Notes

“Life Got You Down? Time to Read The Master and Margarita”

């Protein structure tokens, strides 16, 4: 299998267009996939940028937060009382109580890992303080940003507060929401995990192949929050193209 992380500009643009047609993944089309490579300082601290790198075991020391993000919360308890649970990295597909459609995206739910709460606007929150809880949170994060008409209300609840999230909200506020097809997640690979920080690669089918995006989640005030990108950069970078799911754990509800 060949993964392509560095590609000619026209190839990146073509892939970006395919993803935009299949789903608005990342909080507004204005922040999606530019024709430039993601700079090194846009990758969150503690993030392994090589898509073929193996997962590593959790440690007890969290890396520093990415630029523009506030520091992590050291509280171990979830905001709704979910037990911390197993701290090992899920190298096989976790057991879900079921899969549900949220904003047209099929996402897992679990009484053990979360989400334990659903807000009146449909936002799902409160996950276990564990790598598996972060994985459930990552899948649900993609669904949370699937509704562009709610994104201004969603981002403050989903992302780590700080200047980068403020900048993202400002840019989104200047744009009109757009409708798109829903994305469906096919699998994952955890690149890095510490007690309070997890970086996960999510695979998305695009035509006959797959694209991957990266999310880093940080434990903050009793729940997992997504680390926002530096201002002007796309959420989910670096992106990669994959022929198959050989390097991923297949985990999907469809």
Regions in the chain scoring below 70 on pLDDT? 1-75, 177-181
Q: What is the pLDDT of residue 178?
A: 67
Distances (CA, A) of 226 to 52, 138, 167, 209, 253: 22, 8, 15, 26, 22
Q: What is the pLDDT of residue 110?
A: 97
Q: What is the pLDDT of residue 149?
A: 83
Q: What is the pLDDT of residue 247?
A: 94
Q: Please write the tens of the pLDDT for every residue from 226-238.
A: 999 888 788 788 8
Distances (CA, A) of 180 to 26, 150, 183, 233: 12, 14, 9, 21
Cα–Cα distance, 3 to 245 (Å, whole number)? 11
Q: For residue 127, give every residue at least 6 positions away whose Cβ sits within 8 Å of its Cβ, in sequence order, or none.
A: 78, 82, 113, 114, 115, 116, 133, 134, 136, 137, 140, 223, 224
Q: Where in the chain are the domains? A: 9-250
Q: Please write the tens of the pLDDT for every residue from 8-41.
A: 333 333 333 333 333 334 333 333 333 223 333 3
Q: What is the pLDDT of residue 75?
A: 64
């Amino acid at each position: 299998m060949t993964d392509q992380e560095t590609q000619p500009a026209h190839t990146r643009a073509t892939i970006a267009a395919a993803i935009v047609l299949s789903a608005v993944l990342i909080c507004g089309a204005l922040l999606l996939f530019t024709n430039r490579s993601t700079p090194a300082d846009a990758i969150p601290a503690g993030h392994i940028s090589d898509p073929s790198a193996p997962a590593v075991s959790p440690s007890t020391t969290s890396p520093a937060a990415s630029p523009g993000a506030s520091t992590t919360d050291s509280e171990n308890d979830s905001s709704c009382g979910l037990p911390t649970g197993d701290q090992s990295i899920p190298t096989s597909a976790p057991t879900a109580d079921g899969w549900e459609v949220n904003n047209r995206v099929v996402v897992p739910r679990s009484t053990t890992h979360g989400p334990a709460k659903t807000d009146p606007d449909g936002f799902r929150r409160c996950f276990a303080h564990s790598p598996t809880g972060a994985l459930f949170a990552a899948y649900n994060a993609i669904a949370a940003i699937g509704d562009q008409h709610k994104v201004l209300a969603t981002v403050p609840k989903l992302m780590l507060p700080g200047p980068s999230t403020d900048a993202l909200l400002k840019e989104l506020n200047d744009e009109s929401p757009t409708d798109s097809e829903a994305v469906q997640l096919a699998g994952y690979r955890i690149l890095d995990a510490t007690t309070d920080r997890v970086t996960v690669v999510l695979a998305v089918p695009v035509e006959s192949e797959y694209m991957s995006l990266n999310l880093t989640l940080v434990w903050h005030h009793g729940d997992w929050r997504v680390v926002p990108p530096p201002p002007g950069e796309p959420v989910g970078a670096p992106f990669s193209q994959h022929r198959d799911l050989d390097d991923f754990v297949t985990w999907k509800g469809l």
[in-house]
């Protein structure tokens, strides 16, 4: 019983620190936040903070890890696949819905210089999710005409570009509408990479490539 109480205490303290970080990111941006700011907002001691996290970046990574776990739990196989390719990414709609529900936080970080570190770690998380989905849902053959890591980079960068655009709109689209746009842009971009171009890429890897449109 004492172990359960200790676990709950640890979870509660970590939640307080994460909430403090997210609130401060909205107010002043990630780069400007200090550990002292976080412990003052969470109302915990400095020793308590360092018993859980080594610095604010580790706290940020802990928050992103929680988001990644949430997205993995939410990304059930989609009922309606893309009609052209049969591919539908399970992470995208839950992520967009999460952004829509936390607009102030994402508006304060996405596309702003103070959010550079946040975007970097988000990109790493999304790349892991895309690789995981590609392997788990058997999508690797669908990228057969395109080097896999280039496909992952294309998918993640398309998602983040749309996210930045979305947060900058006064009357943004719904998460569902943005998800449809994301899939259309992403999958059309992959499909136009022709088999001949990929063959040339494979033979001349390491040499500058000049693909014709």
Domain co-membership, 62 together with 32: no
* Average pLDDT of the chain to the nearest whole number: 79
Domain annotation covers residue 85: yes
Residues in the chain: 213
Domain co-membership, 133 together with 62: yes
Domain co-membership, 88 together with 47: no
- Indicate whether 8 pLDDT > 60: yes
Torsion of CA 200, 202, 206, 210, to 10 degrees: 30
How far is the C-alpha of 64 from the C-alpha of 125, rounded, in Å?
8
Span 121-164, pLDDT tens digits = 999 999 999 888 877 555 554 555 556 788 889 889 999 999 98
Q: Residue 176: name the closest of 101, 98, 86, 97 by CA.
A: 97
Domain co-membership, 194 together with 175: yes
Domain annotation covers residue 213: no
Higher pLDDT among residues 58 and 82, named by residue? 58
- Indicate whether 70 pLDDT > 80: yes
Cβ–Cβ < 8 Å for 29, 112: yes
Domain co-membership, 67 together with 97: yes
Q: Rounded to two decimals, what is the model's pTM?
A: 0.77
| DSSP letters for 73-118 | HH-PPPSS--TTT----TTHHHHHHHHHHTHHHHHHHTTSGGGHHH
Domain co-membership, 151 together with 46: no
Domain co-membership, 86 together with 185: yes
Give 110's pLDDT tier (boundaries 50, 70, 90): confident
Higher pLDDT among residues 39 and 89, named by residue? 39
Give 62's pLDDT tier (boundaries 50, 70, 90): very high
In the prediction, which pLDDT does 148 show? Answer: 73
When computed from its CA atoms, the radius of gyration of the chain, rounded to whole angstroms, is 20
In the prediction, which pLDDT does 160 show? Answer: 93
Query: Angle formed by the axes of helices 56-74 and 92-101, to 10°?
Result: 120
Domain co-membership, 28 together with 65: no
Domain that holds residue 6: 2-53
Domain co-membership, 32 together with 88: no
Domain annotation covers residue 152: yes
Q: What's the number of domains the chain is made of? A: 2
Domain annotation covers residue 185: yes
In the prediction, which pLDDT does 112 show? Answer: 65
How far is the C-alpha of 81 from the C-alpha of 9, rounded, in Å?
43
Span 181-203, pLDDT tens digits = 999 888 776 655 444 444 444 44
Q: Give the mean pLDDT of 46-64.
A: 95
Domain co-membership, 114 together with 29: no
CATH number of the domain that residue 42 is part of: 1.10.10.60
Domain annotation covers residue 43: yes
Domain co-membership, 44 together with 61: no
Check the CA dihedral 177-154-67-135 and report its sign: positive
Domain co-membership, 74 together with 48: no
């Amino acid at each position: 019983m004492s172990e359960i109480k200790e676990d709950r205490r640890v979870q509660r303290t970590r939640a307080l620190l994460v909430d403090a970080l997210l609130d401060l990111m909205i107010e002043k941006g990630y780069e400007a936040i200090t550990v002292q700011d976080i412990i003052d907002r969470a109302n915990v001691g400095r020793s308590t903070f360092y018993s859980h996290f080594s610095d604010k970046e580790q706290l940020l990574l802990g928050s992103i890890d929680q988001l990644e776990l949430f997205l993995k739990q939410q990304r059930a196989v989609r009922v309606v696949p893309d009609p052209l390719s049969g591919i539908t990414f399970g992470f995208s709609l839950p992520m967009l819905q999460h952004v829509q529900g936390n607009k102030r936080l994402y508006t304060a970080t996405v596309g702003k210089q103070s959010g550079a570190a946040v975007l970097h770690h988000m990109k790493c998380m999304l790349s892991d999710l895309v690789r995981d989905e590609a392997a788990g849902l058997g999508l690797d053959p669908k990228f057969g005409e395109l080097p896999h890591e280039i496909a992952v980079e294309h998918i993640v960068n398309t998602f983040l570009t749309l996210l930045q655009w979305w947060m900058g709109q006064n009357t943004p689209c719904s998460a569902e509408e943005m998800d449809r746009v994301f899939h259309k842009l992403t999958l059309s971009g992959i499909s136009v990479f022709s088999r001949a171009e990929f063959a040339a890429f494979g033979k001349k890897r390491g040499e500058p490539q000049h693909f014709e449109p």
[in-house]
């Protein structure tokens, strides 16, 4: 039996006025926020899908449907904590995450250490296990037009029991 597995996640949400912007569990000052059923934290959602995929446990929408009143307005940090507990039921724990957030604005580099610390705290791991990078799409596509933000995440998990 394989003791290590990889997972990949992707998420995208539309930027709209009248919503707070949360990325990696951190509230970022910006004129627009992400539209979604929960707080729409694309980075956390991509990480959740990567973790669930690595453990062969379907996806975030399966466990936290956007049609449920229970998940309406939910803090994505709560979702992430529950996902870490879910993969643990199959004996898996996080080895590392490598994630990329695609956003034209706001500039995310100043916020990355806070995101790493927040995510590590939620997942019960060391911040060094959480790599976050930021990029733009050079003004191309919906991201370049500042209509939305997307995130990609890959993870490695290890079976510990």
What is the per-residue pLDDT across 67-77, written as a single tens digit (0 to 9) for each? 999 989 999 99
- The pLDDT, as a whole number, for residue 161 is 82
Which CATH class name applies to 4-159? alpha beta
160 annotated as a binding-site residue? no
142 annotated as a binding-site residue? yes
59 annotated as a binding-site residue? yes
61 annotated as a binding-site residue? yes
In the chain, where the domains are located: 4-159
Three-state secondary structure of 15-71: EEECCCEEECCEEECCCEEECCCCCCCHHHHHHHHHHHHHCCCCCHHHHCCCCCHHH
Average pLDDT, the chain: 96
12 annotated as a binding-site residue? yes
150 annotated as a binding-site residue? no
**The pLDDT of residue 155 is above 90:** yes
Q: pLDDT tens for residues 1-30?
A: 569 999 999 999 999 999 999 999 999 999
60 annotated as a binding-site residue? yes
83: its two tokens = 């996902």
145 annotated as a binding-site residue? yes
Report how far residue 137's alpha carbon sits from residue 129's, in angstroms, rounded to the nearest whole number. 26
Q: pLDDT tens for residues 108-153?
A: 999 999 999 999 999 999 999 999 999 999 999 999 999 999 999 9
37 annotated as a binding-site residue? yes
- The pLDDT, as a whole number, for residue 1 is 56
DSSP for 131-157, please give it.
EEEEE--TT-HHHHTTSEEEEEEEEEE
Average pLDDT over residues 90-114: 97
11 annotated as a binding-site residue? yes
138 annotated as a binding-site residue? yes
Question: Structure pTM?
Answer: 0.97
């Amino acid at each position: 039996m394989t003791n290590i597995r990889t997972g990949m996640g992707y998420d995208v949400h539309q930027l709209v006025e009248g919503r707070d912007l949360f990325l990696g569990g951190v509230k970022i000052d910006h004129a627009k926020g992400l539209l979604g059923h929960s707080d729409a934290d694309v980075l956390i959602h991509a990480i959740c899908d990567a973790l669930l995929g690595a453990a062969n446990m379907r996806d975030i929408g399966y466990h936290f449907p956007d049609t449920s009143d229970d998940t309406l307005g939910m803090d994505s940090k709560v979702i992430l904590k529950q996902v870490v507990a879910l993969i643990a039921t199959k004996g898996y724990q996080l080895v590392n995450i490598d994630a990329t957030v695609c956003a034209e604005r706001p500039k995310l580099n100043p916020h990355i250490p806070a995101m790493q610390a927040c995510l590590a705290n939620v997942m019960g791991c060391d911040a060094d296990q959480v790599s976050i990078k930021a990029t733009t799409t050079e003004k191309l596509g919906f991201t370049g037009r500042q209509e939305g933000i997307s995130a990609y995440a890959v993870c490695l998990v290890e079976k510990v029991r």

At Lithub, Viv Groskop writes about Mikhail Bulgakov’s The Master and Margarita. “Written in the 1930s but not published until the 1960s, The Master and Margarita is the most breathtakingly original piece of work. Few books can match it for weirdness. The devil, Woland, comes to Moscow with a retinue of terrifying henchmen, including, of course, the giant talking cat (literally the size of a pig’), a witch and a wall-eyed assassin with one yellow fang. They appear to be targeting Moscow’s literary elite. Woland meets Berlioz, influential magazine editor and chairman of the biggest Soviet writers’ club. (Berlioz has been drinking the hiccup-inducing apricot juice.) Berlioz believes Woland to be some kind of German professor. Woland predicts Berlioz’s death, which almost instantly comes to pass when the editor is decapitated in a freak accident involving a tram and a spillage of sunflower oil. All this happens within the first few pages.”

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